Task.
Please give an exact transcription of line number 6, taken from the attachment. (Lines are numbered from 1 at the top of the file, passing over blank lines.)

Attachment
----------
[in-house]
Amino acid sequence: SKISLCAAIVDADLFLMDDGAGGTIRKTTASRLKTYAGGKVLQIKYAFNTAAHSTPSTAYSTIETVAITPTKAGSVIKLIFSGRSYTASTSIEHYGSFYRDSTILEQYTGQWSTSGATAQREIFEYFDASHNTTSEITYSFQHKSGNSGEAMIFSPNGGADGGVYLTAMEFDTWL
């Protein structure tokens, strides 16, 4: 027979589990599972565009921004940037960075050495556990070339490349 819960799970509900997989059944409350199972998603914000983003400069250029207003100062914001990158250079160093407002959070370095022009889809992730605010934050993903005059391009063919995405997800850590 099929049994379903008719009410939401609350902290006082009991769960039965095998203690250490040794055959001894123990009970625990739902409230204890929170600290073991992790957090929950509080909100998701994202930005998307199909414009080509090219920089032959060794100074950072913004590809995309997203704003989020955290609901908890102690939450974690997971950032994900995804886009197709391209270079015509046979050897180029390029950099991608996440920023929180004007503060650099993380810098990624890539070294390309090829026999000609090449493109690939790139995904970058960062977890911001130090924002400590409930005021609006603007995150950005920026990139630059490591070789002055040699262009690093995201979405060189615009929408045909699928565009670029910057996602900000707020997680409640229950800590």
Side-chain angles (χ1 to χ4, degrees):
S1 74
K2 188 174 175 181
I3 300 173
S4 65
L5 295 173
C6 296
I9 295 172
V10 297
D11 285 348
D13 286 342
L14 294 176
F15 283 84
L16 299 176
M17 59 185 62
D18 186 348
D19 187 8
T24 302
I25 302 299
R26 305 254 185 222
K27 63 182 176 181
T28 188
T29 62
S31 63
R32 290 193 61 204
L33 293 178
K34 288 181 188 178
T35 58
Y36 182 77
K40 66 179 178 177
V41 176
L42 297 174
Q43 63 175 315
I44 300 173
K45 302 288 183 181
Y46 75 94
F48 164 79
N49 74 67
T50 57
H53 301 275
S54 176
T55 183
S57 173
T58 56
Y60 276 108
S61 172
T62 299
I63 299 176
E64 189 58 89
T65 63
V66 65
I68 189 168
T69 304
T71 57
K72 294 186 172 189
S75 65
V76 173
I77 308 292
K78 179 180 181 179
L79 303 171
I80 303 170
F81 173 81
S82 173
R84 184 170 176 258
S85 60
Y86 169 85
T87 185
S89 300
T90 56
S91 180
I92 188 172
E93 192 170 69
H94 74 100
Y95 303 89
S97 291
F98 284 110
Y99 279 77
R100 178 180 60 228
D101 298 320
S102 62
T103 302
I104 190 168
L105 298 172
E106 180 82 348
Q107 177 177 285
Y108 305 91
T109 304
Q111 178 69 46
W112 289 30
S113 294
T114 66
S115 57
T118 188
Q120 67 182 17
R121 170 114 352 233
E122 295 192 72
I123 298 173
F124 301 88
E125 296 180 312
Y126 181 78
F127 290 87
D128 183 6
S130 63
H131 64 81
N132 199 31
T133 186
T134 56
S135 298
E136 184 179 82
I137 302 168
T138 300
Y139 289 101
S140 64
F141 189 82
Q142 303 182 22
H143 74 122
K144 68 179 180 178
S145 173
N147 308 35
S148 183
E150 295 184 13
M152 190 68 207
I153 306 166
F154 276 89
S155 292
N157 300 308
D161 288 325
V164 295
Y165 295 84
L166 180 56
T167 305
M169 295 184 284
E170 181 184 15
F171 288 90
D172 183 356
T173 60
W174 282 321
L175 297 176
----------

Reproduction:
K2 188 174 175 181